Thinking About Homelessness

Homelessness is not something I ever want to experience again. Now I spend a lot of time planning what I would do if I were to find myself in the same situation.

I am surviving on a full-time living stipend through AmeriCorps. In exchange for 35 hours of my week, I get $800. This, combined with loans from graduate school have kept me afloat. I, however, don’t want to be further in debt and am dropping out of academics in favor of a more manageable future (I hope). This, however, creates a predicament: that small stipend is not enough to pay both my rent and my auto payment. If I don’t get a job soon, I will have to choose one above the other. I am already one month behind on the car note.

Since my family is also in dire straits from the economy, there are no other support options for me. My oldest brother, Scott, and his three kids are living with my mother in her two bedroom apartment. This is where my other brother, Matt, and I were living before we got our current place. Seven people in a 1200 sq ft apartment with psychosis proved unmanageable for me.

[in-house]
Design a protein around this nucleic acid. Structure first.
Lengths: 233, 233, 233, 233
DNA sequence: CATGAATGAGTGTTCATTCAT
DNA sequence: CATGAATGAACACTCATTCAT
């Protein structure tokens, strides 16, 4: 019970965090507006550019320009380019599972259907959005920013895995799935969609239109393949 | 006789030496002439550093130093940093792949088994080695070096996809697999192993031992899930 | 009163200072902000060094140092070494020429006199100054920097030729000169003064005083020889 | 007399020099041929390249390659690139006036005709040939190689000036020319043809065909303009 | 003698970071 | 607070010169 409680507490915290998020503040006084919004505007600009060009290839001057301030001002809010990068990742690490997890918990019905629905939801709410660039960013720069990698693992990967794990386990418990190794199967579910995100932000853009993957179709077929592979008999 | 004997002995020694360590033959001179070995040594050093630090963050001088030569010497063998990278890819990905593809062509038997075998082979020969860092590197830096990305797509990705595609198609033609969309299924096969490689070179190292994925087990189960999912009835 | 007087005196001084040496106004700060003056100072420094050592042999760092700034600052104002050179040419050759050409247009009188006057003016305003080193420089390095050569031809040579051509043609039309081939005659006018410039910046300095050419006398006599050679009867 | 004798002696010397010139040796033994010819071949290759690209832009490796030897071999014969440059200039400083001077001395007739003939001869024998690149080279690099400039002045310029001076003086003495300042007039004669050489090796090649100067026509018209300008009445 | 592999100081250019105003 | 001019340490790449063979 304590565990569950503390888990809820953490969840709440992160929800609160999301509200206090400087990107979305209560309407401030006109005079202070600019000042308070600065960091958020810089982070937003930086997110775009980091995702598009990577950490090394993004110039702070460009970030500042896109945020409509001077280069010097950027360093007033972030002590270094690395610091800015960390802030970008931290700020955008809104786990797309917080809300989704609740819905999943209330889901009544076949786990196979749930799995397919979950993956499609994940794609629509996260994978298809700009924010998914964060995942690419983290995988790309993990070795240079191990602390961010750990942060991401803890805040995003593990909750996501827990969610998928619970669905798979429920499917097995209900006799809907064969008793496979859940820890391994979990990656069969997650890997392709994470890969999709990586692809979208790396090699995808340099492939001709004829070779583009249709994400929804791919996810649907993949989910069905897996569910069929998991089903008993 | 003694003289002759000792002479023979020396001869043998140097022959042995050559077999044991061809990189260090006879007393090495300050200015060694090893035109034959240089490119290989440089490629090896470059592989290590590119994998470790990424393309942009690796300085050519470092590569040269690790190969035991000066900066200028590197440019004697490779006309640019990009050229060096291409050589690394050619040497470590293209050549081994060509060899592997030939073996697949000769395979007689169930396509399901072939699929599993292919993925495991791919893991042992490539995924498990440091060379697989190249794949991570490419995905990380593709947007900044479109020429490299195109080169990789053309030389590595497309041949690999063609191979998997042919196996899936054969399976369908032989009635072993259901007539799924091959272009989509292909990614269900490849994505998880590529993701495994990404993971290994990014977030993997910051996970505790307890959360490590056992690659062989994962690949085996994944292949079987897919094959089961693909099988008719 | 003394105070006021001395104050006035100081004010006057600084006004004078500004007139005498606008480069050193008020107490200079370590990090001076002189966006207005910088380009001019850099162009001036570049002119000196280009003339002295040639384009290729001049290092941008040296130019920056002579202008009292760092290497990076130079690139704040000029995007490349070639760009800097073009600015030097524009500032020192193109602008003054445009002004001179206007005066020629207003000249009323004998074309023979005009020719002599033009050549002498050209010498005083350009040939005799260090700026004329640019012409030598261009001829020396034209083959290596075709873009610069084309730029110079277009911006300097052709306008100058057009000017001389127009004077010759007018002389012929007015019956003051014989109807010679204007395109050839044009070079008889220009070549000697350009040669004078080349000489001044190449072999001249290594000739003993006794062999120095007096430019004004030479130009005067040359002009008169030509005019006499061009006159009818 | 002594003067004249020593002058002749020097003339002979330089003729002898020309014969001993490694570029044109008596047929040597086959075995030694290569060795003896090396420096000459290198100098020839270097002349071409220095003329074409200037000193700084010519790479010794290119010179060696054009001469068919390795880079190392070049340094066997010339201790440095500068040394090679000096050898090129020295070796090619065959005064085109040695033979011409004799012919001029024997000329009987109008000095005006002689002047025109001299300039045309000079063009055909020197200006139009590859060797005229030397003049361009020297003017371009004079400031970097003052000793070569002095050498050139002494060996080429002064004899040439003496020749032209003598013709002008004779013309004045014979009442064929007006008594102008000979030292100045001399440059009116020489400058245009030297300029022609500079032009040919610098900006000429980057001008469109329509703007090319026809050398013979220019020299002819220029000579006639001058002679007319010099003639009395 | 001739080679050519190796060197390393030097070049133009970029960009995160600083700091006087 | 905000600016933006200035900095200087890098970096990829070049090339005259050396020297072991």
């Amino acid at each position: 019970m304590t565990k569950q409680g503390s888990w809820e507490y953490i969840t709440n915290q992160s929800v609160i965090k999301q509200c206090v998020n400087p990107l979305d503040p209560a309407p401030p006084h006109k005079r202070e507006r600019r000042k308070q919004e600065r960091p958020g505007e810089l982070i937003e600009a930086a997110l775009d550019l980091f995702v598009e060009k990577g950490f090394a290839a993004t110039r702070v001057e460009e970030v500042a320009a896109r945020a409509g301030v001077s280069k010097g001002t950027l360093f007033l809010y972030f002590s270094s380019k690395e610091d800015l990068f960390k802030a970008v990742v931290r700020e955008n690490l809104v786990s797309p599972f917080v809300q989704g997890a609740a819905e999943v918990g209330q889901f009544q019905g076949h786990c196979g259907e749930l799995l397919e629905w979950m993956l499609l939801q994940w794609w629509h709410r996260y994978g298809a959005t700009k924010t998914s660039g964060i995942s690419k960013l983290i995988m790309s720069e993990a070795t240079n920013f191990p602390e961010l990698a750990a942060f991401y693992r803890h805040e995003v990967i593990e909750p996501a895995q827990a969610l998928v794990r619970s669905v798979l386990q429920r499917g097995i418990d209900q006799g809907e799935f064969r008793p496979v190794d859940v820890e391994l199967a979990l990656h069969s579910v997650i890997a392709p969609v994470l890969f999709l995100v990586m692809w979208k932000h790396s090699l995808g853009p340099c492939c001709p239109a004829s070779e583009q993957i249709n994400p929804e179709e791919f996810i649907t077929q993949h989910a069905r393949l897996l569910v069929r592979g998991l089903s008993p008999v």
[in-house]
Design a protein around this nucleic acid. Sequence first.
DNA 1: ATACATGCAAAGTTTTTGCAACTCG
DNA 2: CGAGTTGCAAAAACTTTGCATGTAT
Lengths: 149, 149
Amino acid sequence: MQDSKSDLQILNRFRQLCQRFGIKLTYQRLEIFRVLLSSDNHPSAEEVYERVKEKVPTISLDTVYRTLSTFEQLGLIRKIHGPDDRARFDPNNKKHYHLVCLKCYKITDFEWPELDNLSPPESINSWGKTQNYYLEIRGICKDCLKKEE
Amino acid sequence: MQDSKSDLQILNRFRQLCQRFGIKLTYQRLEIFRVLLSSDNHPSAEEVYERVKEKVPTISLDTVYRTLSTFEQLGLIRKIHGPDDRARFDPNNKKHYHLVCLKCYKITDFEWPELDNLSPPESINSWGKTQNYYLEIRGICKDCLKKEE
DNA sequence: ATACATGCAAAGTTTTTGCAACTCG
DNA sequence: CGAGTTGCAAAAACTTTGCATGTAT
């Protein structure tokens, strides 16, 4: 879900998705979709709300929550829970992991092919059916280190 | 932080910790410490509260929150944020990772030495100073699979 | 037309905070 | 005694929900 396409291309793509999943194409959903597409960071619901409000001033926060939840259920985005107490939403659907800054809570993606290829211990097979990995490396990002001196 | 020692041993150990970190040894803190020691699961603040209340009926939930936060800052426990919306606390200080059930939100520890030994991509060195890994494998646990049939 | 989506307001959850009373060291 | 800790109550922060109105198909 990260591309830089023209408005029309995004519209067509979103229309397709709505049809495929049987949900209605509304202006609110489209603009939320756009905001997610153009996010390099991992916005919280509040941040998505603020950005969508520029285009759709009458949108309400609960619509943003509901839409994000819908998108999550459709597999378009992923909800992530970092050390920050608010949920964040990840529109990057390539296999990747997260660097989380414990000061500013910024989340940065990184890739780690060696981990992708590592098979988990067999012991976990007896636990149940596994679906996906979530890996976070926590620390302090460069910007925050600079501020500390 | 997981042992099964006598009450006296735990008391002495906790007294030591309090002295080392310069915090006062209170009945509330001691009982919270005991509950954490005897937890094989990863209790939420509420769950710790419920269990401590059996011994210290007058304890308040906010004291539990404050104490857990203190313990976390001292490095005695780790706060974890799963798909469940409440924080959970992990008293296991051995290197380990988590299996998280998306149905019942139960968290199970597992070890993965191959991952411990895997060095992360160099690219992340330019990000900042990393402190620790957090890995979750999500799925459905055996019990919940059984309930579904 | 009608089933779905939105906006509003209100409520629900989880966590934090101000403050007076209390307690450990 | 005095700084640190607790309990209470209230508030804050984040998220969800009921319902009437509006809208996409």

Living in Colorado there are plenty of campgrounds. Come winter, the prospects are more dismal. I have about 30 days to pull a rabbit out of the hat.

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2 thoughts on “Thinking About Homelessness

  1. I am so sorry! I have little social support as well. It really makes the World a cold place. With that said, I am sure your family does love you. Although a brother of mine disowned me for a period, I knew that it was out of pain that he could not face the reality of my disease and drop from grace.

    I hate this disease of schizophrenia/schizoaffective. By the way, I noticed your writing about PTSD. I have been diagnosed with combat PTSD, Gulf War Syndrome, bipolar I, and major depressive episodes as well. Nope, I am not wallowing in mental illness. I would much rather be “normal” and only experience brief moments of depression, etc. I desperately want to work.

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    • I’ve mentioned this to a few people, but I’ve found trauma counseling very helpful. Anything with action-based and solution-oriented goals may help you pull through the worst of it.

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